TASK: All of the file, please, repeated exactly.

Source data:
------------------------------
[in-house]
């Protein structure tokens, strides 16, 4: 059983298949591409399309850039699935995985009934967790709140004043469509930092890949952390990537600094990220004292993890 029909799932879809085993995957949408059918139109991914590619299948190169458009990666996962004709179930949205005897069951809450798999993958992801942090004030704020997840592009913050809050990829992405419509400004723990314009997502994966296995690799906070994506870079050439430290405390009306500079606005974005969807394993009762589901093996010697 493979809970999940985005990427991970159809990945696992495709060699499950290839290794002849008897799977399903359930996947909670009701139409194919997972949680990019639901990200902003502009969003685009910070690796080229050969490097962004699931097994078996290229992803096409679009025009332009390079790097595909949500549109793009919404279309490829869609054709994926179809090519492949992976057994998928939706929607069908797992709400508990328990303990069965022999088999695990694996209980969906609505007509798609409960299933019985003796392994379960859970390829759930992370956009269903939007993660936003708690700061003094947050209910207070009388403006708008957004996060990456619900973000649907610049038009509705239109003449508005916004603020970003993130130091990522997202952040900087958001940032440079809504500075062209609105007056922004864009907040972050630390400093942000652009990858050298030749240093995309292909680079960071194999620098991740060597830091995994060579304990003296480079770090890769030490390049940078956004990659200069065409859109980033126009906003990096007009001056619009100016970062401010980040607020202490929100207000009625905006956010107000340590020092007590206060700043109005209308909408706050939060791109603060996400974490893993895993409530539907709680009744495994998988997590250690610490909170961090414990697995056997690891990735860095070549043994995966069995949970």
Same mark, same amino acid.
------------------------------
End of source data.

[in-house]
């Protein structure tokens, strides 16, 4: 059983298949591409399309850039699935995985009934967790709140004043469509930092890949952390990537600094990220004292993890 029909799932879809085993995957949408059918139109991914590619299948190169458009990666996962004709179930949205005897069951809450798999993958992801942090004030704020997840592009913050809050990829992405419509400004723990314009997502994966296995690799906070994506870079050439430290405390009306500079606005974005969807394993009762589901093996010697 493979809970999940985005990427991970159809990945696992495709060699499950290839290794002849008897799977399903359930996947909670009701139409194919997972949680990019639901990200902003502009969003685009910070690796080229050969490097962004699931097994078996290229992803096409679009025009332009390079790097595909949500549109793009919404279309490829869609054709994926179809090519492949992976057994998928939706929607069908797992709400508990328990303990069965022999088999695990694996209980969906609505007509798609409960299933019985003796392994379960859970390829759930992370956009269903939007993660936003708690700061003094947050209910207070009388403006708008957004996060990456619900973000649907610049038009509705239109003449508005916004603020970003993130130091990522997202952040900087958001940032440079809504500075062209609105007056922004864009907040972050630390400093942000652009990858050298030749240093995309292909680079960071194999620098991740060597830091995994060579304990003296480079770090890769030490390049940078956004990659200069065409859109980033126009906003990096007009001056619009100016970062401010980040607020202490929100207000009625905006956010107000340590020092007590206060700043109005209308909408706050939060791109603060996400974490893993895993409530539907709680009744495994998988997590250690610490909170961090414990697995056997690891990735860095070549043994995966069995949970």
Same mark, same amino acid.